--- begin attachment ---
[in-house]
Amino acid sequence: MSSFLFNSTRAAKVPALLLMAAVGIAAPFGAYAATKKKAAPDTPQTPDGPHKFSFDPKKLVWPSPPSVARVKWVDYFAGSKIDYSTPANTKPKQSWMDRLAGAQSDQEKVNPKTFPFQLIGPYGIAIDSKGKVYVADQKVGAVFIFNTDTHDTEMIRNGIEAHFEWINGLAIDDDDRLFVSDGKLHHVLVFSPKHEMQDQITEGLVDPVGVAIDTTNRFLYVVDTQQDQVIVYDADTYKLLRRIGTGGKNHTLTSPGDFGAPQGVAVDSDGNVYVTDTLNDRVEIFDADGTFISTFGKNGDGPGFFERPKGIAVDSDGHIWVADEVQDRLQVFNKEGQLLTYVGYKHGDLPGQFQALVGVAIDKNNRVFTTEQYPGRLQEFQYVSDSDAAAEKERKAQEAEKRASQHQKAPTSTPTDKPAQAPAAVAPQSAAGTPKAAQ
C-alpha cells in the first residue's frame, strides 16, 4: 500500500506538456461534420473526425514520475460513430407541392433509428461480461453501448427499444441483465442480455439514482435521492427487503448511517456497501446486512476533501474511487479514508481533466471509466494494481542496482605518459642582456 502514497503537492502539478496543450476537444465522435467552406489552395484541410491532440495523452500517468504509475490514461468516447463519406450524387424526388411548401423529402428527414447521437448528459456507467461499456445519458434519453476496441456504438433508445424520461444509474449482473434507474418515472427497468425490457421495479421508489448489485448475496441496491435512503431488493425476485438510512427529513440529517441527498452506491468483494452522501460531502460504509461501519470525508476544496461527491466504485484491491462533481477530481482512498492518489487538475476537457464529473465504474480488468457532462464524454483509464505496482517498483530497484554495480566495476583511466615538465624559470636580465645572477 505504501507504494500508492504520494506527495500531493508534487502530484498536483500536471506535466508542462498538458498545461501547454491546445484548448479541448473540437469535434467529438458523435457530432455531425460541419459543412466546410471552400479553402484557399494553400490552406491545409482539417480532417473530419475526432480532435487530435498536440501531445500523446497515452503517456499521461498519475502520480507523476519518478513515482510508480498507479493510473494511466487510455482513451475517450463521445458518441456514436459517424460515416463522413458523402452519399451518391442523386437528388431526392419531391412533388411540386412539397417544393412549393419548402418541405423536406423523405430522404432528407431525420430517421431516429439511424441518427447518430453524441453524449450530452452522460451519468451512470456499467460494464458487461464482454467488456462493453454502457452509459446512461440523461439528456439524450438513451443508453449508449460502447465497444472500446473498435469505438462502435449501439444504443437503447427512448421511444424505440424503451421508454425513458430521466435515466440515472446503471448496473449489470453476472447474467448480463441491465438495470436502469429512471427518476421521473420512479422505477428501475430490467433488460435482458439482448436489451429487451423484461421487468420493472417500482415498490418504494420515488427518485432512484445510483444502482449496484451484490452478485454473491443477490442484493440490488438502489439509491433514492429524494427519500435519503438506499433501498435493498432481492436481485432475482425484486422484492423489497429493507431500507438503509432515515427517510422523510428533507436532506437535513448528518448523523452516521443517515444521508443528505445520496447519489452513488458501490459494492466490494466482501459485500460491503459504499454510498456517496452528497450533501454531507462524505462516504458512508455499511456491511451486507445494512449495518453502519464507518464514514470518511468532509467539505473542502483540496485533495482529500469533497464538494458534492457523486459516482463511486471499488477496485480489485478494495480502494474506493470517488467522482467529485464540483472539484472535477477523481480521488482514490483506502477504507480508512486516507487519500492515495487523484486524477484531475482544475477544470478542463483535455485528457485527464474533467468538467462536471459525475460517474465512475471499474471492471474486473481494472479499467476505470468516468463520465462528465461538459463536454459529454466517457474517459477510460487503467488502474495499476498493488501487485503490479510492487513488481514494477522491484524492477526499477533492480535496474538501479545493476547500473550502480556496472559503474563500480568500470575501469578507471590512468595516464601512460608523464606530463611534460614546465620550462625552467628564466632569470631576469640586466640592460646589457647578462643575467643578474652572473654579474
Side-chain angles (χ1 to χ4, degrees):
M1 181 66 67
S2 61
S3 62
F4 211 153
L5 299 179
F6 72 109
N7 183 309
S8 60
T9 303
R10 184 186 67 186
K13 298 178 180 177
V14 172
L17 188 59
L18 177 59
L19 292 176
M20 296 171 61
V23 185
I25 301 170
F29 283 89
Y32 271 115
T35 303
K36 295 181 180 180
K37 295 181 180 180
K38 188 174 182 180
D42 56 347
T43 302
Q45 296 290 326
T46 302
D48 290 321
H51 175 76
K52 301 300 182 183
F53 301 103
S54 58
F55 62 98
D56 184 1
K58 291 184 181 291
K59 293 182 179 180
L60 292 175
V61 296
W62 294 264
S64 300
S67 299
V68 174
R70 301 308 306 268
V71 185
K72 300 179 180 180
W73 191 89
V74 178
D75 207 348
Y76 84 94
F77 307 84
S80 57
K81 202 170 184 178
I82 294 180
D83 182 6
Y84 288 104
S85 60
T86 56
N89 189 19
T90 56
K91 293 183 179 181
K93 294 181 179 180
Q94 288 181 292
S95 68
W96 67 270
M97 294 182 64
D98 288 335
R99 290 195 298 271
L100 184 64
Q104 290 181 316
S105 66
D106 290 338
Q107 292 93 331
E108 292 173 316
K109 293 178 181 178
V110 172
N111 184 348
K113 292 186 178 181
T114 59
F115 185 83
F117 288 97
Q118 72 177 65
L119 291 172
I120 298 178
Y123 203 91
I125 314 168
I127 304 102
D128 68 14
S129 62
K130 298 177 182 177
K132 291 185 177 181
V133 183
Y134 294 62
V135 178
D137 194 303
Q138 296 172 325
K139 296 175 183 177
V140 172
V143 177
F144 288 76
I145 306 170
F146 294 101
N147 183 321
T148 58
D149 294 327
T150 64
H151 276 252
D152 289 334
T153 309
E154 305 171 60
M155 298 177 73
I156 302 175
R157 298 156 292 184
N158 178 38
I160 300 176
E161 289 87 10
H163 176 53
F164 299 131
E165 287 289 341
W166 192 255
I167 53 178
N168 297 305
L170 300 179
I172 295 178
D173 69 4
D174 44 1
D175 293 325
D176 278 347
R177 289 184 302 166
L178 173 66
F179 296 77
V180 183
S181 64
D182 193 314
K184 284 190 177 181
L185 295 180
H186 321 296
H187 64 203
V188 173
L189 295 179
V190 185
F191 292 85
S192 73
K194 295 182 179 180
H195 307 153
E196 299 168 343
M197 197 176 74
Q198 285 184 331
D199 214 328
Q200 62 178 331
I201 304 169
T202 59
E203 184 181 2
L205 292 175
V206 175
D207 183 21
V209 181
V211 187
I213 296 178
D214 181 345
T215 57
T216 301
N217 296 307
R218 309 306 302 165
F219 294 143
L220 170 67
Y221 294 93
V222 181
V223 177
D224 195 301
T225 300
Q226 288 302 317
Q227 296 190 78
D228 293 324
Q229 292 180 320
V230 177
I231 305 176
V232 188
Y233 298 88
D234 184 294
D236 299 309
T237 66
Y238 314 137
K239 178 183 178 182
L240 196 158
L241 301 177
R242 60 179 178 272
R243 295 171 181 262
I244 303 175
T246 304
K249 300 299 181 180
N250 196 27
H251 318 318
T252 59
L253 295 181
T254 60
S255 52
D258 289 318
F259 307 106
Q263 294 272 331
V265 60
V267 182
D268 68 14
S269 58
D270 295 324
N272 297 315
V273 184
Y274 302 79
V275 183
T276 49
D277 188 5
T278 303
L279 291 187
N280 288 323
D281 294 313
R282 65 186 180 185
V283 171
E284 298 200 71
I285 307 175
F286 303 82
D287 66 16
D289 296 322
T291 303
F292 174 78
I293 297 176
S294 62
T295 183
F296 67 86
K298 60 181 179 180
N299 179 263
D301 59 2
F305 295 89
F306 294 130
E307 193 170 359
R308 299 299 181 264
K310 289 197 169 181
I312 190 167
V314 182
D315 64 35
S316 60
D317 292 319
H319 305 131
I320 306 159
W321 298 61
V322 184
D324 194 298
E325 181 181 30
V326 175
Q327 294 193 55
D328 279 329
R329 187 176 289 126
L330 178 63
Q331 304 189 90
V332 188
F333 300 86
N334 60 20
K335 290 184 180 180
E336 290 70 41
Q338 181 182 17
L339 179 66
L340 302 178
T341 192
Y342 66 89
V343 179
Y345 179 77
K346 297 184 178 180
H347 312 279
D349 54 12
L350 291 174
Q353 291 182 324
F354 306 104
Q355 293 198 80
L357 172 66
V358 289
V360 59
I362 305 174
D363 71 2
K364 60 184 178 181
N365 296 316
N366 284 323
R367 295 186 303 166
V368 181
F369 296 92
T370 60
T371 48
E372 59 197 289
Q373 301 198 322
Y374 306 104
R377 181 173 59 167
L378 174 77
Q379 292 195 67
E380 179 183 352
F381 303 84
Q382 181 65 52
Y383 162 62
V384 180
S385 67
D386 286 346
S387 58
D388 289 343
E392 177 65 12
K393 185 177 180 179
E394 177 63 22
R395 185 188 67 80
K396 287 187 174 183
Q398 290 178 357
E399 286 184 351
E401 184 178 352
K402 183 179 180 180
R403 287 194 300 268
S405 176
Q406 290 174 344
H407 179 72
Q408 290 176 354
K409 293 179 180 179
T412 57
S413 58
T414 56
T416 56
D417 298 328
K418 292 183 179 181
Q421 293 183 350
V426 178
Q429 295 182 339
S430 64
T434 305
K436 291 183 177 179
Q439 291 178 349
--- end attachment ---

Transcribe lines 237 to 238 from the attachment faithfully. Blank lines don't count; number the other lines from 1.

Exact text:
F306 294 130
E307 193 170 359